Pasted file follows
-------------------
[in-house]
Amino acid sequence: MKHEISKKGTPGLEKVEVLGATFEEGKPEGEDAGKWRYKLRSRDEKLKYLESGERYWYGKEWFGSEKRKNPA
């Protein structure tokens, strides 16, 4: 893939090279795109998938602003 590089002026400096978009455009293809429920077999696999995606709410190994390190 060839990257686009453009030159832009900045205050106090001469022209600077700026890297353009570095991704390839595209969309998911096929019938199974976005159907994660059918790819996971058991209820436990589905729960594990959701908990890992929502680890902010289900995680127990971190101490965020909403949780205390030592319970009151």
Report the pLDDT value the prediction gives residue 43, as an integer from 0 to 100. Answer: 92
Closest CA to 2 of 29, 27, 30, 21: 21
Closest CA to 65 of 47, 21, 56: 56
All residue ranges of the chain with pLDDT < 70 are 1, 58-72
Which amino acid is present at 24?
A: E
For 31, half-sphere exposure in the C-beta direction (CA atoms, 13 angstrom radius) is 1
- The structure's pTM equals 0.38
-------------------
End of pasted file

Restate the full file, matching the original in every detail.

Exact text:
[in-house]
Amino acid sequence: MKHEISKKGTPGLEKVEVLGATFEEGKPEGEDAGKWRYKLRSRDEKLKYLESGERYWYGKEWFGSEKRKNPA
């Protein structure tokens, strides 16, 4: 893939090279795109998938602003 590089002026400096978009455009293809429920077999696999995606709410190994390190 060839990257686009453009030159832009900045205050106090001469022209600077700026890297353009570095991704390839595209969309998911096929019938199974976005159907994660059918790819996971058991209820436990589905729960594990959701908990890992929502680890902010289900995680127990971190101490965020909403949780205390030592319970009151």
Report the pLDDT value the prediction gives residue 43, as an integer from 0 to 100. Answer: 92
Closest CA to 2 of 29, 27, 30, 21: 21
Closest CA to 65 of 47, 21, 56: 56
All residue ranges of the chain with pLDDT < 70 are 1, 58-72
Which amino acid is present at 24?
A: E
For 31, half-sphere exposure in the C-beta direction (CA atoms, 13 angstrom radius) is 1
- The structure's pTM equals 0.38